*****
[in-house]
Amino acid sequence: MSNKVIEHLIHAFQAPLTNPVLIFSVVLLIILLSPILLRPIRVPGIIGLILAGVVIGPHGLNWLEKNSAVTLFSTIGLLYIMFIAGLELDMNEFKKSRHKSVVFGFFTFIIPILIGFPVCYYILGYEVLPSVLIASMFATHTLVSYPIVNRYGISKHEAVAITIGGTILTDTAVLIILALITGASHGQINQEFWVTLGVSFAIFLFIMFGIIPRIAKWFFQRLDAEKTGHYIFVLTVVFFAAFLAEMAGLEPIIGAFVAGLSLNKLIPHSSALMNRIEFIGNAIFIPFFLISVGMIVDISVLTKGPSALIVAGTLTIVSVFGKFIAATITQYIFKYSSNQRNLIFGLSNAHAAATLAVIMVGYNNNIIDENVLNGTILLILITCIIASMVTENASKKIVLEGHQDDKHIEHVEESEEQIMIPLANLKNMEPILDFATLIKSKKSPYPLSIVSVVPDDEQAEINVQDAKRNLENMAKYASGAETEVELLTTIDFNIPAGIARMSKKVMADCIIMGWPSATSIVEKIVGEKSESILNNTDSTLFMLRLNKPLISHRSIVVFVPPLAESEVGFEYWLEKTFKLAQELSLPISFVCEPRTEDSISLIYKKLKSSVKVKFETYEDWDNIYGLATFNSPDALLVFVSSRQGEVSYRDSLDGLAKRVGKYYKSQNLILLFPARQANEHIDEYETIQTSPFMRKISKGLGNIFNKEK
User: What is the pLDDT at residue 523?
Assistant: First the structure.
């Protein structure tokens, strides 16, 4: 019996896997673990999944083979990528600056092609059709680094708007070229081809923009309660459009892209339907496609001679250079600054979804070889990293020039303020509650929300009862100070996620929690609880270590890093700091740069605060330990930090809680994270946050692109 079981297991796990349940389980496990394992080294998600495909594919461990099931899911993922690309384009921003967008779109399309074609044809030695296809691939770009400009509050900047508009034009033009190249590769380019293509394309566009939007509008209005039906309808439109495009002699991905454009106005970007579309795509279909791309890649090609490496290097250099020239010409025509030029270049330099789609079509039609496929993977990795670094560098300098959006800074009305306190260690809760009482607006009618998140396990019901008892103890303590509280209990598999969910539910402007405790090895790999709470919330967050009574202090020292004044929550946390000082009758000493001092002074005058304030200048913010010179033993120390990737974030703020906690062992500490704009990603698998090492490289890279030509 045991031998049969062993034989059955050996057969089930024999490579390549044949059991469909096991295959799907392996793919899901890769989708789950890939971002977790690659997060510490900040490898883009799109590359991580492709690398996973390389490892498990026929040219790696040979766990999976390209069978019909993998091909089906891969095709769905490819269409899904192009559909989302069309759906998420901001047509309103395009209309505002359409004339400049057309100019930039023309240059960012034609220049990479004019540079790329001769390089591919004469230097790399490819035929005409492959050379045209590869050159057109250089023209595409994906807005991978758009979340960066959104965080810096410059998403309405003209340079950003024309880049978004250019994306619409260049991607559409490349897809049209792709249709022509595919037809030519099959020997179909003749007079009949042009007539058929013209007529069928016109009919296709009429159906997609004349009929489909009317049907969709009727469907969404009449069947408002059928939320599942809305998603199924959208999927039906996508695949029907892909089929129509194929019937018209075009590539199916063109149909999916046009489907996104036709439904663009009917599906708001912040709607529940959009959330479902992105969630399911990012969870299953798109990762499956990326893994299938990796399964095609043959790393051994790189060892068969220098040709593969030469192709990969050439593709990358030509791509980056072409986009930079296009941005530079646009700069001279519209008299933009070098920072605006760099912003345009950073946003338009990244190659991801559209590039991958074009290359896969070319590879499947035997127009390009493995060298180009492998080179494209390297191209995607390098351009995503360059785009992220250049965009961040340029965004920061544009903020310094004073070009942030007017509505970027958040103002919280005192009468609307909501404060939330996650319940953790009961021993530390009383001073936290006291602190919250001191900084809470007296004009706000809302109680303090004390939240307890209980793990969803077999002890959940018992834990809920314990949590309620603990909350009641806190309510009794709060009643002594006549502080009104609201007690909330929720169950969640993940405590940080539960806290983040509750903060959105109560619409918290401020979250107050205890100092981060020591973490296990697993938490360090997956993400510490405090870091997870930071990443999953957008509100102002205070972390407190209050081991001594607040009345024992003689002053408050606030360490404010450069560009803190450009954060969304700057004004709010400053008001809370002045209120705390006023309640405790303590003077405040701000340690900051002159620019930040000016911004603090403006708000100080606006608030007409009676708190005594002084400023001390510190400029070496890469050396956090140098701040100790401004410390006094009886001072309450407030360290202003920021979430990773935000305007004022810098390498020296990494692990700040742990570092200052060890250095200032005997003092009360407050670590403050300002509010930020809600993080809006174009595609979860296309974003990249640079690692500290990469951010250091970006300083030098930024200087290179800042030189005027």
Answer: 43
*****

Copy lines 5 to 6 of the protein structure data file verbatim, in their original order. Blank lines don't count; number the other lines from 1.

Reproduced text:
């Protein structure tokens, strides 16, 4: 019996896997673990999944083979990528600056092609059709680094708007070229081809923009309660459009892209339907496609001679250079600054979804070889990293020039303020509650929300009862100070996620929690609880270590890093700091740069605060330990930090809680994270946050692109 079981297991796990349940389980496990394992080294998600495909594919461990099931899911993922690309384009921003967008779109399309074609044809030695296809691939770009400009509050900047508009034009033009190249590769380019293509394309566009939007509008209005039906309808439109495009002699991905454009106005970007579309795509279909791309890649090609490496290097250099020239010409025509030029270049330099789609079509039609496929993977990795670094560098300098959006800074009305306190260690809760009482607006009618998140396990019901008892103890303590509280209990598999969910539910402007405790090895790999709470919330967050009574202090020292004044929550946390000082009758000493001092002074005058304030200048913010010179033993120390990737974030703020906690062992500490704009990603698998090492490289890279030509 045991031998049969062993034989059955050996057969089930024999490579390549044949059991469909096991295959799907392996793919899901890769989708789950890939971002977790690659997060510490900040490898883009799109590359991580492709690398996973390389490892498990026929040219790696040979766990999976390209069978019909993998091909089906891969095709769905490819269409899904192009559909989302069309759906998420901001047509309103395009209309505002359409004339400049057309100019930039023309240059960012034609220049990479004019540079790329001769390089591919004469230097790399490819035929005409492959050379045209590869050159057109250089023209595409994906807005991978758009979340960066959104965080810096410059998403309405003209340079950003024309880049978004250019994306619409260049991607559409490349897809049209792709249709022509595919037809030519099959020997179909003749007079009949042009007539058929013209007529069928016109009919296709009429159906997609004349009929489909009317049907969709009727469907969404009449069947408002059928939320599942809305998603199924959208999927039906996508695949029907892909089929129509194929019937018209075009590539199916063109149909999916046009489907996104036709439904663009009917599906708001912040709607529940959009959330479902992105969630399911990012969870299953798109990762499956990326893994299938990796399964095609043959790393051994790189060892068969220098040709593969030469192709990969050439593709990358030509791509980056072409986009930079296009941005530079646009700069001279519209008299933009070098920072605006760099912003345009950073946003338009990244190659991801559209590039991958074009290359896969070319590879499947035997127009390009493995060298180009492998080179494209390297191209995607390098351009995503360059785009992220250049965009961040340029965004920061544009903020310094004073070009942030007017509505970027958040103002919280005192009468609307909501404060939330996650319940953790009961021993530390009383001073936290006291602190919250001191900084809470007296004009706000809302109680303090004390939240307890209980793990969803077999002890959940018992834990809920314990949590309620603990909350009641806190309510009794709060009643002594006549502080009104609201007690909330929720169950969640993940405590940080539960806290983040509750903060959105109560619409918290401020979250107050205890100092981060020591973490296990697993938490360090997956993400510490405090870091997870930071990443999953957008509100102002205070972390407190209050081991001594607040009345024992003689002053408050606030360490404010450069560009803190450009954060969304700057004004709010400053008001809370002045209120705390006023309640405790303590003077405040701000340690900051002159620019930040000016911004603090403006708000100080606006608030007409009676708190005594002084400023001390510190400029070496890469050396956090140098701040100790401004410390006094009886001072309450407030360290202003920021979430990773935000305007004022810098390498020296990494692990700040742990570092200052060890250095200032005997003092009360407050670590403050300002509010930020809600993080809006174009595609979860296309974003990249640079690692500290990469951010250091970006300083030098930024200087290179800042030189005027």
Answer: 43